Doc Formal answers 11 key questions

By Ashish Darbari |  No Comments  |  Posted: March 6, 2019
Topics/Categories: EDA - Verification  |  Tags: ,  | Organizations:

Ashish Darbari is CEO of formal verification consultancy Axiomise.Ashish Darbari is CEO of formal verification consultancy and training provider Axiomise.

During DVCon USA I was able to meet with numerous colleagues from industry and academia. I presented a new research paper and helped to present a Synopsys-sponsored tutorial. Whether presenting or not, events like these can and should be like multi-day Q&A sessions. What I’ve tried to capture here are some of the most important questions I faced during the conference, together with how we at Axiomise set about answering them.

  1. What is the biggest design that can be verified with formal?

I get asked this a lot. So, here is an indication of how big we can go with formal. We recently worked on a design as big as 338 million flops with 1.1 billion gates. And we found bugs in seconds.

  1. That can’t be true. Either the design was very simple, or you must have done some cut-points and boxing?

No, we didn’t do any of these things. We compiled the whole design at once and deployed Axiomise proof accelerators. We got these checkers to fail or prove whatever the case may be. The key to scalability is methodology.

  1. So, can we verify any one billion-gate design?

No, not necessarily. It depends on what you’re trying to verify. Verifying designs with tens of millions of flops is normal for us though.

  1. So, what was this design?

I can’t say too much, but it was deeply sequential. It was the kind of design you might see in sectors like AI and machine learning, networking, and pipelined processors.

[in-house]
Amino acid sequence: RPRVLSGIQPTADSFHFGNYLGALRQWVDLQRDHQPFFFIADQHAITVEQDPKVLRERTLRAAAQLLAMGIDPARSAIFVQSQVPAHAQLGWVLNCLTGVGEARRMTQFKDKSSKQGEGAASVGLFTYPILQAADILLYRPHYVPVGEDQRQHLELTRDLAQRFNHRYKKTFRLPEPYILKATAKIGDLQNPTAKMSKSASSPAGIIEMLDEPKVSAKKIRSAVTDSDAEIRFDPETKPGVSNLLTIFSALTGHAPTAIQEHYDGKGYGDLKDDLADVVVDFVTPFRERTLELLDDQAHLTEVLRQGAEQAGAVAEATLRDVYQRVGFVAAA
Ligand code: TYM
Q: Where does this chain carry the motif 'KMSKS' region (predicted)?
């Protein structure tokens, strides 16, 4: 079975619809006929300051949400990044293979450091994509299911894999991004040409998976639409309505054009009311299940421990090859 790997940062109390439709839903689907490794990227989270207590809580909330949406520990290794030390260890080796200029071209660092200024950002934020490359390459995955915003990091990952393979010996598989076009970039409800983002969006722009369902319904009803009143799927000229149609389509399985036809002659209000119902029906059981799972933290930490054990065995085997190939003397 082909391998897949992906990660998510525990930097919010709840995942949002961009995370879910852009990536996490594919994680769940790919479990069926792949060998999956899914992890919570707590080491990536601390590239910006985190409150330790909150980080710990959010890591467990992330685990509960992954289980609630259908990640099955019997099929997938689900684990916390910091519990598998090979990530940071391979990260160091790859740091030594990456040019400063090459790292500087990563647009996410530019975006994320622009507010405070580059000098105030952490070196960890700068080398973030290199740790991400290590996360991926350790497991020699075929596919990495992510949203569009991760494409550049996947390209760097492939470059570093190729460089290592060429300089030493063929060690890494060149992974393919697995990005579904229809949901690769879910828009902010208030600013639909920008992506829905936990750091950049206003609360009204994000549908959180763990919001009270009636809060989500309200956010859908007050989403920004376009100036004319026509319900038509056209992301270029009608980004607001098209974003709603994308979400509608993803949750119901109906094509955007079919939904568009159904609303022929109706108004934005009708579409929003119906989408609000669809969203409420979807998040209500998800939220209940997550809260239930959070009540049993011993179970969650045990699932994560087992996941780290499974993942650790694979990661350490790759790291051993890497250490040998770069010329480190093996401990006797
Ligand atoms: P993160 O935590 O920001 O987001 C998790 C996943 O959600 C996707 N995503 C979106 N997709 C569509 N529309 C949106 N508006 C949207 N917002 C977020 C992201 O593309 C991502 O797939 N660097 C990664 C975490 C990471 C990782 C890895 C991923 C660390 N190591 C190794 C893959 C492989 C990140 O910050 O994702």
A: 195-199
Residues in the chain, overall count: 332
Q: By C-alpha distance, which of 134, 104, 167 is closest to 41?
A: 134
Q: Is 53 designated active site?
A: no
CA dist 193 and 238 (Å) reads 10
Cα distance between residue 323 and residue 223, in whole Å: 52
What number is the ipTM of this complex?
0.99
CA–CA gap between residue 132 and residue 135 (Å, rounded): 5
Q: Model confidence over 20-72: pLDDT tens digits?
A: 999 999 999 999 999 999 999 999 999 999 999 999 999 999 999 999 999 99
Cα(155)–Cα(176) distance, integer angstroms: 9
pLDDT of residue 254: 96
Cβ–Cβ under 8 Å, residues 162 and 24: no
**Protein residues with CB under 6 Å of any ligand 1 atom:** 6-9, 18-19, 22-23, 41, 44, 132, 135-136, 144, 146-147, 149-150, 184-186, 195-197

1. So how can we improve the way our team uses formal techniques? For years, we’ve believed formal was only suited to app-based work such as connectivity, register checking and so on.

Formal is great for functional, safety and security verification. At Axiomise we don’t view these as completely different problem targets. We see them as verification problems that must be addressed through a common flow using a combination of property checking and equivalence checking, and leveraging a range of techniques based in abstraction and problem reduction.

These techniques are important but it is useful to know that there is a blueprint for a flow that can be used in much the same way as the standard operating procedures seen in other engineering disciplines. This blueprint can be deployed in a sequential and parallel manner. We talked about it recently in an article describing our ADEPT FV flow.

A packed house at DVCon with plenty of questions about formal verification.

A packed house at DVCon with plenty of questions about formal verification.

  1. When we have previously used formal verification, we have turned to specialist services companies. They were great at what they did, but once they were finished and gone, we didn’t hold on to formal techniques that we could repeat ourselves. How do we get past that?

That’s something I’ve heard before. The Axiomise business model is built around enabling customers in their backyards, teaching them skills that will remain with them forever. And if you want more help toward understanding how far you can exploit those skills, Axiomise will guide you along with way.

We don’t want to replace your engineers with ours. That won’t help your teams use formal techniques more widely and more effectively in the longer term. If you just do that then formal will remain something located in the hands of a few experts in a given organization.

We want to fully democratize formal so that it can be used by everyone. We want to get us beyond the constraints on adoption set by automated app-driven techniques, to a point where we can collectively build safer, more secure systems that are guaranteed to work as expected because they are based on a deeper and much broader understanding of formal.